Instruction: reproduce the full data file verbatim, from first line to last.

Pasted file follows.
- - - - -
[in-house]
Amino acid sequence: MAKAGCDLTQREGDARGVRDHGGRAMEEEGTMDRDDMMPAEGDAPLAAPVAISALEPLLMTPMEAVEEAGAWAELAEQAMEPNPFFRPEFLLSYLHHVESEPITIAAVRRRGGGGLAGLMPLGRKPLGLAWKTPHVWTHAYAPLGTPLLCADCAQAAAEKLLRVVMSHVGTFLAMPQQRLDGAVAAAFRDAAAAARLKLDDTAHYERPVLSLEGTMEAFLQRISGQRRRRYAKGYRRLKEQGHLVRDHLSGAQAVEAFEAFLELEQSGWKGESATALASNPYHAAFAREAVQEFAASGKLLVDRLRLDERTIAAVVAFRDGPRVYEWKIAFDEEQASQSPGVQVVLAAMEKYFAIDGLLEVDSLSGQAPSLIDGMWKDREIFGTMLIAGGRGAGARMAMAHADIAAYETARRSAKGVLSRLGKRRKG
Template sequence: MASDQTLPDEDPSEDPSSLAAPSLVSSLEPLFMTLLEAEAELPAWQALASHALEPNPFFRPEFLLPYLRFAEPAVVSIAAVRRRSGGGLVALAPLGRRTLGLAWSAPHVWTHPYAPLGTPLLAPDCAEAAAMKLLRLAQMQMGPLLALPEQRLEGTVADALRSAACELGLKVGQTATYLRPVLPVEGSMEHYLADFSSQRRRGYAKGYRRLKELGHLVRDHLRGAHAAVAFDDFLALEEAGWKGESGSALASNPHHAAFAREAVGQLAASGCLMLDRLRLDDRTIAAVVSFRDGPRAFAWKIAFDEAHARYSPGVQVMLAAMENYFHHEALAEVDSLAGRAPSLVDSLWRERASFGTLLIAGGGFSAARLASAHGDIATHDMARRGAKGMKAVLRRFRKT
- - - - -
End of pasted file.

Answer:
[in-house]
Amino acid sequence: MAKAGCDLTQREGDARGVRDHGGRAMEEEGTMDRDDMMPAEGDAPLAAPVAISALEPLLMTPMEAVEEAGAWAELAEQAMEPNPFFRPEFLLSYLHHVESEPITIAAVRRRGGGGLAGLMPLGRKPLGLAWKTPHVWTHAYAPLGTPLLCADCAQAAAEKLLRVVMSHVGTFLAMPQQRLDGAVAAAFRDAAAAARLKLDDTAHYERPVLSLEGTMEAFLQRISGQRRRRYAKGYRRLKEQGHLVRDHLSGAQAVEAFEAFLELEQSGWKGESATALASNPYHAAFAREAVQEFAASGKLLVDRLRLDERTIAAVVAFRDGPRVYEWKIAFDEEQASQSPGVQVVLAAMEKYFAIDGLLEVDSLSGQAPSLIDGMWKDREIFGTMLIAGGRGAGARMAMAHADIAAYETARRSAKGVLSRLGKRRKG
Template sequence: MASDQTLPDEDPSEDPSSLAAPSLVSSLEPLFMTLLEAEAELPAWQALASHALEPNPFFRPEFLLPYLRFAEPAVVSIAAVRRRSGGGLVALAPLGRRTLGLAWSAPHVWTHPYAPLGTPLLAPDCAEAAAMKLLRLAQMQMGPLLALPEQRLEGTVADALRSAACELGLKVGQTATYLRPVLPVEGSMEHYLADFSSQRRRGYAKGYRRLKELGHLVRDHLRGAHAAVAFDDFLALEEAGWKGESGSALASNPHHAAFAREAVGQLAASGCLMLDRLRLDDRTIAAVVSFRDGPRAFAWKIAFDEAHARYSPGVQVMLAAMENYFHHEALAEVDSLAGRAPSLVDSLWRERASFGTLLIAGGGFSAARLASAHGDIATHDMARRGAKGMKAVLRRFRKT